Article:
The Jazz Moment; Alan Ainsworth & John Watson - Jazz and the Image

LONDON The Gallery, Cowcross St


A joint exhibition by specialist jazz photographers Alan John Ainsworth and John Watson; The Jazz Moment features 50 images of jazz legends and rising stars, and will run on weekdays from Friday November 10 to Thursday November 23.

John Watson has contributed to UK magazines including Jazz Journal and Jazzwise for many years, and his work has also frequently been published abroad, in countries including the USA, Japan, China and throughout Europe. His published books include his critically-acclaimed photography book The Power of Jazz, which was described by reviewer Fred Grand in Jazz Journal as “Treasure-packed, and highly compulsive.” 

Watson has been nominated three times for photography in the JJA Jazz Awards, organised in New York. His work can be seen on his website

Watson comments: “It’s a joy and a privilege to photograph so many jazz legends and rising stars, and to document jazz history in the making. The challenge of working in low light at festivals, clubs and concert halls, and often with limited time for shooting, is always an exciting one.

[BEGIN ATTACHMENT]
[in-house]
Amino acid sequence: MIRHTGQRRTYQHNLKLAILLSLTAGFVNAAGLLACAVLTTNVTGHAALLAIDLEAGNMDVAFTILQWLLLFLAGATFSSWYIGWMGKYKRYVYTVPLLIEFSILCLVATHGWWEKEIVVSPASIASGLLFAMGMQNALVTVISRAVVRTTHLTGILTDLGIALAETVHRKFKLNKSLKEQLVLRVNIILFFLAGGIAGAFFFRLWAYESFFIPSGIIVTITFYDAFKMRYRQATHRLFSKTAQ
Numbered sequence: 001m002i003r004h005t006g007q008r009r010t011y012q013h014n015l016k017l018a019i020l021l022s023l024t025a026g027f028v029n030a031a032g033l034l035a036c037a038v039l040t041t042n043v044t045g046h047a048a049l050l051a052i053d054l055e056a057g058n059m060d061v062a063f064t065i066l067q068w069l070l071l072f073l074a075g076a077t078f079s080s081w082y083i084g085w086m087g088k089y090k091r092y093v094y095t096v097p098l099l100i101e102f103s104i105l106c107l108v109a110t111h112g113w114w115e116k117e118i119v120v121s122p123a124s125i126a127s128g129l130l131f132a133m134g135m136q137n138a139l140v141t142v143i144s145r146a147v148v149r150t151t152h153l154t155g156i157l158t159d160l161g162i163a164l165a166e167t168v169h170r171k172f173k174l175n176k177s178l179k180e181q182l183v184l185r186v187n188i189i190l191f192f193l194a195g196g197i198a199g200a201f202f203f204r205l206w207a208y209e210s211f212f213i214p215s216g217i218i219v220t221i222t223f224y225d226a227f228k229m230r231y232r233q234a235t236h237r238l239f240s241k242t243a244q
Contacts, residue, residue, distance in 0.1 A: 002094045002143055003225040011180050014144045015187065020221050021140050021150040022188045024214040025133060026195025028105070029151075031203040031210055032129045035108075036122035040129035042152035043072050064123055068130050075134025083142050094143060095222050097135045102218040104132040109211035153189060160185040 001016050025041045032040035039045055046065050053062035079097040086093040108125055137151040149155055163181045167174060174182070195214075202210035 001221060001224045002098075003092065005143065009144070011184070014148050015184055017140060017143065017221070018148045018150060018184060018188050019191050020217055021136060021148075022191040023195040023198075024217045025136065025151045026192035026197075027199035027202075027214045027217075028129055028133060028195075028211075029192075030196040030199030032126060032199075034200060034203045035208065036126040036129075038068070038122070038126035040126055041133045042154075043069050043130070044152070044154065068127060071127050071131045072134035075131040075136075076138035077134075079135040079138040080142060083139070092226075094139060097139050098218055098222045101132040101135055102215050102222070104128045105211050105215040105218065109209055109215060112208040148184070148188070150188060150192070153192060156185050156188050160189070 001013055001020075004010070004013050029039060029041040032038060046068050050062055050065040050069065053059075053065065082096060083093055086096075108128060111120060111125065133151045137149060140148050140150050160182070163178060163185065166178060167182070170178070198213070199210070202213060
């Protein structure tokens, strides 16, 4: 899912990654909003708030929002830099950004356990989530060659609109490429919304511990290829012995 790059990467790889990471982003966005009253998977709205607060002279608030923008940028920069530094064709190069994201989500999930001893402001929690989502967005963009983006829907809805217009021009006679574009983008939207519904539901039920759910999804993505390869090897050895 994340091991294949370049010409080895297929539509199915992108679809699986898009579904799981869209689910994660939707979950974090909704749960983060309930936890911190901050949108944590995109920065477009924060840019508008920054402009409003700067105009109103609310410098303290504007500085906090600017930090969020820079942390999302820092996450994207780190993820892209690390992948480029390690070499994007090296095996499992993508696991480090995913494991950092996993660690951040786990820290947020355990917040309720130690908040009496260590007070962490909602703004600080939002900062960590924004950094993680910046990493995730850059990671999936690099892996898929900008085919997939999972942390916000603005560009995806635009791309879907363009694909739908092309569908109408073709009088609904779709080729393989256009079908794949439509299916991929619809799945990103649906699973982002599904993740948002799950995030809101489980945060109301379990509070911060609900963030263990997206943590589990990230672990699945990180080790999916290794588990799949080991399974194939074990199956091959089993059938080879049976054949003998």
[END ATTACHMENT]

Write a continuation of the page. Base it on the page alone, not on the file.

“My aim is always to create striking images that capture the thrills of performance, and will interest viewers in great musicians and their work. Capturing ‘the jazz moment’ is a joy.”

Alan John Ainsworth’s jazz and architectural photographs have appeared in the national and specialist press. His books include New City: Contemporary Architecture in the City of London (2012) and Brussels Arts Nouveau: Architecture and Design (2015). His reviews of photography exhibitions have been published in Twentieth Century magazine and articles on jazz photography history in Jazz Research Journal. Alan has photographed jazz musicians in the UK and the United States.

Alan was awarded first prize in the Harry Page Photography Competition in 2016. His work can be seen on his website

Alan commented: “Jazz is a powerfully visual music. Photographers like me are privileged to be able to capture the art of supremely talented musicians in the act of creation.  The spontaneity and ‘in the moment’ nature of jazz chimes with the ‘decisive moment’ of the photographer. Jazz and photography were made for each other.”